Clinton camp handles Willey accusations by trying to distract us

March 18, 1998|By JACK GERMOND & JULES WITCOVER

WASHINGTON -- The White House is responding to the accusations of Kathleen Willey by throwing sand in our eyes. And, for the moment at least, that strategy appears to be working.

The issue here is straightforward: Is Ms. Willey telling the truth with her charge that President Clinton made a crude sexual advance when she came to his office in 1993 to seek a paying job?

He has denied it again and, absent some eyewitness to what happened just outside the Oval Office that day, we are never going to know for sure.

But Mr. Clinton's agents are taking the accusation seriously enough to mount a full-court attack on Ms. Willey's credibility by producing all those letters and telephone messages to the president from his accuser after the confrontation. On their own, the letters are innocuous enough. But the obvious point is that Ms. Willey wanted to maintain a friendly relationship with Mr. Clinton after the incident, so she could not have been outraged by what he had done.

This argument, however, overlooks some basic elements of the original Willey charge.

First, she said in her television interview that she had seen Mr. Clinton after the episode and had thanked him for helping her get a paying job. It was clear that she was willing to put the incident behind them in the interest of getting work she needed because of family financial problems.

No ulterior motive

Second, Ms. Willey came forward with her story only when

forced to do so by the attorneys for Paula Corbin Jones. There is no evidence she had an agenda of her own that she was trying to pursue.

That is the flaw in the White House reasoning. Why would Ms. Willey make such a charge against the president and subject herself to the notoriety that goes with it?

Logic aside, the early evidence is that the White House offensive is working. The first opinion polls taken after Ms. Willey's appearance on "60 Minutes" found Americans split about evenly on whether they believed Mr. Clinton or Ms. Willey. And, incredibly, the two surveys found that Mr. Clinton's approval ratings on his performance as president increased several points to close to 70 percent.

The White House, of course, has all the best of it when it comes to playing the public relations game. There is, for example, no similar focus on the inconsistencies in Mr. Clinton's account or on the suggestion that Ms. Willey attracted his personal interest long before the episode outside the Oval Office.

Originally, the president had only a vague recollection of the meeting with Ms. Willey, according to his attorney. But as she became specific in her charges, he became dead certain of what had happened when she came to see him. To anyone familiar with Mr. Clinton's extraordinary memory, the second claim makes more sense than the first.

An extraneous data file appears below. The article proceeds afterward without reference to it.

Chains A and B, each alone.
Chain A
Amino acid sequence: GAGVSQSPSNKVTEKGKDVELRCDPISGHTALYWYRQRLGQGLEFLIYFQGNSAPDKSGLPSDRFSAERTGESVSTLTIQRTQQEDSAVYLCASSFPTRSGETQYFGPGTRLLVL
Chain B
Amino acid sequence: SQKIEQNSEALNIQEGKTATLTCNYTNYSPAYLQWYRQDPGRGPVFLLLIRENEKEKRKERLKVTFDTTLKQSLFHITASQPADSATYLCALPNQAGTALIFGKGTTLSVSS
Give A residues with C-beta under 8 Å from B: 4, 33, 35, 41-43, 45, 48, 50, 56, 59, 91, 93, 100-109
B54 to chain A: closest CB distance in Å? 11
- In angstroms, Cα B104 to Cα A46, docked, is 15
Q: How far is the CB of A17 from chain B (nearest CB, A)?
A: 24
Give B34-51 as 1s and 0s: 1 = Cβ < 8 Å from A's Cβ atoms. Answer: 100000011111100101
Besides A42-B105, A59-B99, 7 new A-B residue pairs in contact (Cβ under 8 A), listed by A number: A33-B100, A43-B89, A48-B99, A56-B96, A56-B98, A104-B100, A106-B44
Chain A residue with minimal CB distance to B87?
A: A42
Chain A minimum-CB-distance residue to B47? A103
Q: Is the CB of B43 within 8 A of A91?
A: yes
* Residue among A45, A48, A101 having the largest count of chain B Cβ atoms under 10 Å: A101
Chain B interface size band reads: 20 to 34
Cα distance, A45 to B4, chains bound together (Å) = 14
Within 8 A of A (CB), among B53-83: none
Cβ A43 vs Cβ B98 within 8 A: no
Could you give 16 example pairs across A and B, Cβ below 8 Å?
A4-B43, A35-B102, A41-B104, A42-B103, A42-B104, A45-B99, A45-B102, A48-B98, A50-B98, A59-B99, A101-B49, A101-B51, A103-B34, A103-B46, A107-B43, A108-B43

Then there is the story, confirmed by others who were there, that Mr. Clinton showed an interest in Ms. Willey when she was one of the local Democrats who greeted him on his arrival at the airport in Williamsburg, Va., for a 1992 campaign debate. Don Beyer, then the lieutenant governor, says Mr. Clinton asked him for her name.

An invitation

And Ms. Willey said on television that Mr. Clinton telephoned her twice that night at her home in Richmond and invited her to visit him, promising to get rid of the Secret Service agents that surrounded him.

As a practical matter, nothing is likely to come of these differences in accounts. No one knowledgeable about the law imagines that a president is going to be indicted for perjury on the strength of one witness' uncorroborated testimony. The critical issue, and the only one with legal ramifications, is whether anyone acting on Mr. Clinton's behalf tried to pressure Ms. Willey into changing her story. But even an indictment for suborning perjury would require some direct evidence of Mr. Clinton's fingerprints.

The basic questions in the investigation being conducted by independent counsel Kenneth W. Starr are still: Did the president lieabout his relationship with Monica Lewinsky? And, second, did he try to get her to lie in her deposition in the Jones lawsuit?

Meanwhile, the White House plays hardball by throwing sand into the eyes of the voters. The only inference you can draw is that Kathleen Willey really struck a nerve.

Jack Germond and Jules Witcover write from The Sun's Washington bureau.

Pub Date: 3/18/98

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